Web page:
Embryonic cells can invade the mother's body and protect him from breast cancer.
Reading aloud Unborn babies can protect their mothers from breast cancer when some of their cells invade the maternal bloodstream. This conclusion is drawn from American researchers in a small study in which they examined mothers with and without breast cancer. Fewer childlike cells were found in the blood of ill women after pregnancy than in healthy test persons. The researchers suspect that these cells make an active contribution to combating cancer. Alternatively, however, it may be that they only stimulate and strengthen the mother's immune system, according to Vijayakrishna Gadi's team from the University of Washington in Seattle. If fetal stem cells cross the placenta during pregnancy and enter the maternal bloodstream, can they then survive for years in the mother's skin, liver, brain or spleen? a phenomenon called fetal microchimerism. What consequences this cell mixture has for the organism is not yet known exactly. However, both positive effects, such as the repair of damaged tissue, as well as negative consequences such as the emergence of autoimmune diseases are discussed. Another health-promoting effect could also be the protection against breast cancer, now show the new results.

Gadi and his team looked for fetal cells in the blood of 99 women, 54 of them breast cancer patients. They found what they were looking for in 56 percent of the healthy women and only 26 percent of the ill women. Also, significantly fewer cells were detectable in the cancer patients than in the control group. The results may explain why, although there is a protective effect of pregnancies, but this does not occur in every woman, explain the researchers. Gadi also believes that he has identified the mechanism of action in another small study: After a vaccine to stimulate the immune system of breast cancer patients, fetal cells were found in two out of eight women. This indicates that the treatment has activated the cells or stimulated their proliferation and then subsequently turned into immune cells, he explains.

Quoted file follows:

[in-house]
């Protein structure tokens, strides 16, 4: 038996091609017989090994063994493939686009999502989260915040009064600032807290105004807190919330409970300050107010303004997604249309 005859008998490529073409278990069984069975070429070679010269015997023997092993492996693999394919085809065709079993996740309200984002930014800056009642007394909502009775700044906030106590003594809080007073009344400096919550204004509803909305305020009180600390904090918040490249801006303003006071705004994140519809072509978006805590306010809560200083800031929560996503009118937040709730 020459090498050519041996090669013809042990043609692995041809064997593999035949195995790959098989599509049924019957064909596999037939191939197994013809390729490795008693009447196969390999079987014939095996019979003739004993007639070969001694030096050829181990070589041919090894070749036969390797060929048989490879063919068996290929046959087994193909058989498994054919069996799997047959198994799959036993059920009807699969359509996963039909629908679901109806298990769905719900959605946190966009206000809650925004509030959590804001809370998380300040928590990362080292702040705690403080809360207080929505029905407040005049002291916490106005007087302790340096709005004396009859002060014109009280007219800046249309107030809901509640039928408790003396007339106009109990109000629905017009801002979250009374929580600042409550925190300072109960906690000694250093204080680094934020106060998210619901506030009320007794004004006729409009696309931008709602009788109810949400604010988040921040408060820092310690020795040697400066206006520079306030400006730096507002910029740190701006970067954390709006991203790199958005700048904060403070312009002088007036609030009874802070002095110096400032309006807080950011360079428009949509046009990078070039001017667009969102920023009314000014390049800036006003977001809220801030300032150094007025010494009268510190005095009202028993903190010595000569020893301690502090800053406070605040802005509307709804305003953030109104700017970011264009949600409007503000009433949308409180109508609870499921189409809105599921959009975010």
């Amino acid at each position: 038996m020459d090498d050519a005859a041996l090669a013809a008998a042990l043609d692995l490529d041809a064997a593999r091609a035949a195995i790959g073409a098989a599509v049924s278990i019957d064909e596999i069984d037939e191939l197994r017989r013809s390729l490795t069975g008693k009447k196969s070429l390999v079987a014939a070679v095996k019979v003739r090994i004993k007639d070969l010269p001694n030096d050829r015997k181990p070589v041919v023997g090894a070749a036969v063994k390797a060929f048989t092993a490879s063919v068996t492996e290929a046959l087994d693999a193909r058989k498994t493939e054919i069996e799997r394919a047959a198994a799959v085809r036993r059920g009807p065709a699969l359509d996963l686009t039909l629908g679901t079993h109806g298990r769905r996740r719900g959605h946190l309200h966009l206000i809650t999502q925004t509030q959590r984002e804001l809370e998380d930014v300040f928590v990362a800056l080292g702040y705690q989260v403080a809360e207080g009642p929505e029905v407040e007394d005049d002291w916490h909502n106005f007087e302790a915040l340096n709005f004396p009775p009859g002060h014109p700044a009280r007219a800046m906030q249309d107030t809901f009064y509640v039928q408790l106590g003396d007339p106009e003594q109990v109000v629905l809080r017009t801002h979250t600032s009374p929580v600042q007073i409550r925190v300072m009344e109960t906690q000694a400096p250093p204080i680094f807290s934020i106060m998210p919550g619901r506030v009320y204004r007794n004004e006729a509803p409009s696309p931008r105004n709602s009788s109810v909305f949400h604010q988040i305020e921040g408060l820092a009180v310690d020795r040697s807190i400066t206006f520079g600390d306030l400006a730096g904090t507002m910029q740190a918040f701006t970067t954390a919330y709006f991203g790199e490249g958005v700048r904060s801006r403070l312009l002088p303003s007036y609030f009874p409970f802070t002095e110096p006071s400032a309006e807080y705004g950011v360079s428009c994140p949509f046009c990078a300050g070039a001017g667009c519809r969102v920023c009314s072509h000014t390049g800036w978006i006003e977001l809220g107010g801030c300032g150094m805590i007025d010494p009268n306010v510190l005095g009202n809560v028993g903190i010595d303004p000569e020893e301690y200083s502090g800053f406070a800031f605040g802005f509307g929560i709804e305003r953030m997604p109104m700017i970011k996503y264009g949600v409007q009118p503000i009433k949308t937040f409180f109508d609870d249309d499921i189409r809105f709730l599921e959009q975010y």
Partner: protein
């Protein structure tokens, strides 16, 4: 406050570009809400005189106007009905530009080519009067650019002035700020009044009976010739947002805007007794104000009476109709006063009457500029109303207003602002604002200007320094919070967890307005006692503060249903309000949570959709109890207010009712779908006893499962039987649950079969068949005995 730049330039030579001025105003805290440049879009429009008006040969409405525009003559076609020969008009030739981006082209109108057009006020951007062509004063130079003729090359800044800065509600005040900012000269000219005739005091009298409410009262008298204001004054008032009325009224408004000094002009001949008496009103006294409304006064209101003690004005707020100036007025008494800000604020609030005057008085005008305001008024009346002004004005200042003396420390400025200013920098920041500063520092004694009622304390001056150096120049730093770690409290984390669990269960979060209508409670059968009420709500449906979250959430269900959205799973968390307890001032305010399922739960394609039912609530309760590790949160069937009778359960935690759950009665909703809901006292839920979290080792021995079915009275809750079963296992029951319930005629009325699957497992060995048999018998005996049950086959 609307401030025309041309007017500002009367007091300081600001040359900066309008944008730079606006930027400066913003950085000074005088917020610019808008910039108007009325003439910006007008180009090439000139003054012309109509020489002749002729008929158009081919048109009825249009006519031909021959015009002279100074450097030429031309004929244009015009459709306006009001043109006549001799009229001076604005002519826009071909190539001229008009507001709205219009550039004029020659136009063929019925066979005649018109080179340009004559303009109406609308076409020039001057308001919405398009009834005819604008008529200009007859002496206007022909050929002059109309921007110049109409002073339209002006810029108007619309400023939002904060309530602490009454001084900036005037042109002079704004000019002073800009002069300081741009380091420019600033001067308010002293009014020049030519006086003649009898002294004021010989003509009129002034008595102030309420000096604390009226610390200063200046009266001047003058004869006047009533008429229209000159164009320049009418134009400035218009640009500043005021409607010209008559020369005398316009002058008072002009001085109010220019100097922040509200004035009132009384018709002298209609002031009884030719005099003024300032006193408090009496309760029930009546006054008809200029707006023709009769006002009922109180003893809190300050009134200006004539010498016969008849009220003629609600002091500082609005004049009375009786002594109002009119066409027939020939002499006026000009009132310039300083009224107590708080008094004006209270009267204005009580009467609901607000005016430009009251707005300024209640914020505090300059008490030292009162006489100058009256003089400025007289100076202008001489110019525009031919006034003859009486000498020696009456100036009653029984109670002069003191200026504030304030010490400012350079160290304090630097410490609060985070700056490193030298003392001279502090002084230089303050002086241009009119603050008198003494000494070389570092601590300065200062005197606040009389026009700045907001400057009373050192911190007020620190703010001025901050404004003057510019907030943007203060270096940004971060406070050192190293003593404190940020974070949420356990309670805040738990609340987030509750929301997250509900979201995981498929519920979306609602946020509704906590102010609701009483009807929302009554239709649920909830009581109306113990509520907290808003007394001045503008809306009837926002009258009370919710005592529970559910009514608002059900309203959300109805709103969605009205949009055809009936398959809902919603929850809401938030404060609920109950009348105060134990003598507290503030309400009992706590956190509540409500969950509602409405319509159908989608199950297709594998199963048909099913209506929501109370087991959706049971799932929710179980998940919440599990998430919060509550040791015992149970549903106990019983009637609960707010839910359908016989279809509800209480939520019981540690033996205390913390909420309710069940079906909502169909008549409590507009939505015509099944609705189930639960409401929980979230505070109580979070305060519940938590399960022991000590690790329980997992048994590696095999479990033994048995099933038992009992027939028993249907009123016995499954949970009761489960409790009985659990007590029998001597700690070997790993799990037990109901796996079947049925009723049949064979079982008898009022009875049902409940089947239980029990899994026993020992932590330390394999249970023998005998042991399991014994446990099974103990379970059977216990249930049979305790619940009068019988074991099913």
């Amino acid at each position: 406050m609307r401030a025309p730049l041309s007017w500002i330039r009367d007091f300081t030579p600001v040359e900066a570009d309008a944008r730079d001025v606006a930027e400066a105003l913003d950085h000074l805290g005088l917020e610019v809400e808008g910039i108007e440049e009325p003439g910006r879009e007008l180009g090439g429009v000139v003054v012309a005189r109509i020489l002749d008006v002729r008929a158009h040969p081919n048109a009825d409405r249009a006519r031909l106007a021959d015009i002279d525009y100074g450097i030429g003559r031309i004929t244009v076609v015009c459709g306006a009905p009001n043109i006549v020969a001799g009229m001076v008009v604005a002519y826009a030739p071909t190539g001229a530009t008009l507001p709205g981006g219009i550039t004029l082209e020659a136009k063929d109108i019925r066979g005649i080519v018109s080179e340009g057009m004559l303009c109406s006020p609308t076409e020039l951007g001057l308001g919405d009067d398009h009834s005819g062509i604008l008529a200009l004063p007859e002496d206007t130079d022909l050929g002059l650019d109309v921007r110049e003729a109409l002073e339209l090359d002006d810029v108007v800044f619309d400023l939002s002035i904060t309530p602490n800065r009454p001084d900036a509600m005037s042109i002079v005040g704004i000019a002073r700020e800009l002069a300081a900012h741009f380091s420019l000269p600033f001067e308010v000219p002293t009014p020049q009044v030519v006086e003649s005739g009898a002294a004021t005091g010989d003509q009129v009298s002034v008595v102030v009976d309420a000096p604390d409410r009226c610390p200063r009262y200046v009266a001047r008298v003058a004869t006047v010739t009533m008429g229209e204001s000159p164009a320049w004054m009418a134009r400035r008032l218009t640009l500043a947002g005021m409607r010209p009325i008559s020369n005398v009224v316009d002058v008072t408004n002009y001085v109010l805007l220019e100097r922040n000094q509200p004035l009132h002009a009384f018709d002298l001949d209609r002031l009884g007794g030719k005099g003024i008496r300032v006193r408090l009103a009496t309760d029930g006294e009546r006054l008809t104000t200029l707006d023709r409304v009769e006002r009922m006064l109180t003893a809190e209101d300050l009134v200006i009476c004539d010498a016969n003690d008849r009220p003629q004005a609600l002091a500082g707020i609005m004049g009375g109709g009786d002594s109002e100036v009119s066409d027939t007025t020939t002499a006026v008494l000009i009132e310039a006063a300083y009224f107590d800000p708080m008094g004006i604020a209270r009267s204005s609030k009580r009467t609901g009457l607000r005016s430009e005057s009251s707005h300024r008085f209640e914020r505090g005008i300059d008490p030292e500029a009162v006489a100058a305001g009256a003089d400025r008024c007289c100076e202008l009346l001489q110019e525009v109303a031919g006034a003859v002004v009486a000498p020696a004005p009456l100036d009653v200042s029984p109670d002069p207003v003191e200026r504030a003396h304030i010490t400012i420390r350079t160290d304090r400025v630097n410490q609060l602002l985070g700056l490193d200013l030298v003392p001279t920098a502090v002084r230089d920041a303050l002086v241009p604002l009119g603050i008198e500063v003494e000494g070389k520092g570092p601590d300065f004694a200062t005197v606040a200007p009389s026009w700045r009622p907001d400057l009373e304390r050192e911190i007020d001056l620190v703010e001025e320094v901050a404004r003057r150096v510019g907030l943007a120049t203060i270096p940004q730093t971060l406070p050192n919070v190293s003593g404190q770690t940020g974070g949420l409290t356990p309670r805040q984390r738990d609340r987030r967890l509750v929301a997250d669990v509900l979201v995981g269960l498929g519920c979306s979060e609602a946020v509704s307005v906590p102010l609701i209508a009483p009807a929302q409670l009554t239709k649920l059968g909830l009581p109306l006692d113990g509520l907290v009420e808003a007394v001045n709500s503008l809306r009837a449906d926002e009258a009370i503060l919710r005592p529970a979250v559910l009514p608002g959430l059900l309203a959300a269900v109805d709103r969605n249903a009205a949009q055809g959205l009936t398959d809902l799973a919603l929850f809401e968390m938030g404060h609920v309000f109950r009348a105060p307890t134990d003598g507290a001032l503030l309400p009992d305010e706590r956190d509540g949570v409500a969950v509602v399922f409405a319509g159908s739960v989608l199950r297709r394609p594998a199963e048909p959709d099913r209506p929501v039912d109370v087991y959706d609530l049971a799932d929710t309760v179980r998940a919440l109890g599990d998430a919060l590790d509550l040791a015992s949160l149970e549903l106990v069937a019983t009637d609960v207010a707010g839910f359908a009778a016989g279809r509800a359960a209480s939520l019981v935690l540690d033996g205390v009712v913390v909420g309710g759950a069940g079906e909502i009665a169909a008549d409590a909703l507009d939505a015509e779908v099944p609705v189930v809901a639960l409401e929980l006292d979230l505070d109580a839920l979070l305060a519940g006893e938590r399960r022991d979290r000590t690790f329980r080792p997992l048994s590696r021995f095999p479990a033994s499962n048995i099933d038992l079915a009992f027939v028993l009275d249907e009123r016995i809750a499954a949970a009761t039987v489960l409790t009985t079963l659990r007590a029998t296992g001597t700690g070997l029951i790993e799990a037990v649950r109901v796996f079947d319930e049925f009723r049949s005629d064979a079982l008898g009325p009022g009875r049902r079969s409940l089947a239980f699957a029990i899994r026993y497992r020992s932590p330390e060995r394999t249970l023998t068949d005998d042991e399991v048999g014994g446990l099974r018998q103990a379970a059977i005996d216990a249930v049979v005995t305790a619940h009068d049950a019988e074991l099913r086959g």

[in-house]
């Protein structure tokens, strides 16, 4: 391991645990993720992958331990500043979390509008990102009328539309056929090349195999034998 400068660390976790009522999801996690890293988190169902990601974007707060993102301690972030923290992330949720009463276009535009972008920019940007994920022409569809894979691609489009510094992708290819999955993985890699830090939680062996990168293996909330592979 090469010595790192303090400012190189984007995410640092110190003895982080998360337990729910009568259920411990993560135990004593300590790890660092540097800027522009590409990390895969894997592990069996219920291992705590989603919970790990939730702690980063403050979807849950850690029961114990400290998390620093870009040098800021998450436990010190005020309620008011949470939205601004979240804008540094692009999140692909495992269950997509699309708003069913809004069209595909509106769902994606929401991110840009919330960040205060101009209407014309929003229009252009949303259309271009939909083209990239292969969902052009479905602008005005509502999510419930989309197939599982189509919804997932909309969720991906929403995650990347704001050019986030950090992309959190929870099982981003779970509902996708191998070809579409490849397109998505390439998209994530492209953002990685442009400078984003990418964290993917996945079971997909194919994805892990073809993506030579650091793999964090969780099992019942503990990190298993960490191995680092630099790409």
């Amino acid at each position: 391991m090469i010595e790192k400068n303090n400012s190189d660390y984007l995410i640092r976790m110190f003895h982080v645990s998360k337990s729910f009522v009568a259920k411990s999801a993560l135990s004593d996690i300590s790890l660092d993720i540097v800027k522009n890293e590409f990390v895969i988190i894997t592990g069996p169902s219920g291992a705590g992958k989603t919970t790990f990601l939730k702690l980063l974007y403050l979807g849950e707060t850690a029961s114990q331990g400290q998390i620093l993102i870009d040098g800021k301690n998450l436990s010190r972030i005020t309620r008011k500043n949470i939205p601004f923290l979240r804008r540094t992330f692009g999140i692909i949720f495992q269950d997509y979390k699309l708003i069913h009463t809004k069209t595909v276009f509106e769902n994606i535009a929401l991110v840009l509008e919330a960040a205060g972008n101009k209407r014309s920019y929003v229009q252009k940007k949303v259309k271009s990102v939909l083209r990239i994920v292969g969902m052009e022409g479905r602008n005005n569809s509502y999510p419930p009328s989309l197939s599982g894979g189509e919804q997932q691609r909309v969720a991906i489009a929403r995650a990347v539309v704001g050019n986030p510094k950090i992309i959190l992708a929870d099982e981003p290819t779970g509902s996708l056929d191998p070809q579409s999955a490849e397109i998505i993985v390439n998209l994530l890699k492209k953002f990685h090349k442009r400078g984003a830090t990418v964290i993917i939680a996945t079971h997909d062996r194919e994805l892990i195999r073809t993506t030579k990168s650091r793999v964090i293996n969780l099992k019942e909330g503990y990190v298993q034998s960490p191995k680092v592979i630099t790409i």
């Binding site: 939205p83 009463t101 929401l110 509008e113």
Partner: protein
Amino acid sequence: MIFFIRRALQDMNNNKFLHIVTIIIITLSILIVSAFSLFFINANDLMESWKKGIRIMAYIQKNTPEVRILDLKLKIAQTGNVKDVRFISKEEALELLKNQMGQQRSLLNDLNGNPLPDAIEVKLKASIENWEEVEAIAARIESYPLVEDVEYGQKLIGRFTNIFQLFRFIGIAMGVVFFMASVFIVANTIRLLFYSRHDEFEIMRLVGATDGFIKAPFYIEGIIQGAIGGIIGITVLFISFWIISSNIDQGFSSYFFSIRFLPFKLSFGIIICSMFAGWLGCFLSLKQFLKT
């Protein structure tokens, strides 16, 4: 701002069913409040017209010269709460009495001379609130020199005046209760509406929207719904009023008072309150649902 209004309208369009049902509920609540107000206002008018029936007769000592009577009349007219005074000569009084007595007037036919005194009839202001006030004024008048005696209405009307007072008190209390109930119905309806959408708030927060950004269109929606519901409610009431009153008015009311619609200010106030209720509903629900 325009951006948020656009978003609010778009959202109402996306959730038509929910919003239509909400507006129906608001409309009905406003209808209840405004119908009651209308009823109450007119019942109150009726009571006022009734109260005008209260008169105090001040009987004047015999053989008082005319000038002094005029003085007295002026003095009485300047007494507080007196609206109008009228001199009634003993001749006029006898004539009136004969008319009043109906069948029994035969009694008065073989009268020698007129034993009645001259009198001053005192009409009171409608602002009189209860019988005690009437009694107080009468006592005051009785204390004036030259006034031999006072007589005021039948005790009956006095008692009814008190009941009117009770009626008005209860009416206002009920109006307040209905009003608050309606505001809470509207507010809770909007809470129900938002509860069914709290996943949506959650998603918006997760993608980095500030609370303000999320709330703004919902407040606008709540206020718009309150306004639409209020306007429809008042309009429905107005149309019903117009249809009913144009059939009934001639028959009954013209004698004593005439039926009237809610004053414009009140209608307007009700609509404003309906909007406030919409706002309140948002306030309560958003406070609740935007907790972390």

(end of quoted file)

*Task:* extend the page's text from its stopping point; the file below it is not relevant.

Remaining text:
Since these cells are basically alien to the organism, they attack degenerated endogenous cells more efficiently than their own immune system. A similar principle is also used in stem cell and bone marrow transplants: Here, the transplanted into the body foreign immune cells also ensure efficient control of degenerated tissue parts. For the researcher, therefore, the targeted propagation of fetal cells is a promising approach for cancer prevention.

Vijayakrishna Gadi (University of Washington at Seattle) et al .: New Scientist, May 3, p. 10 ddp / science.de? Ilka Lehnen-Beyel advertisement

© science.de

Recommended Editor'S Choice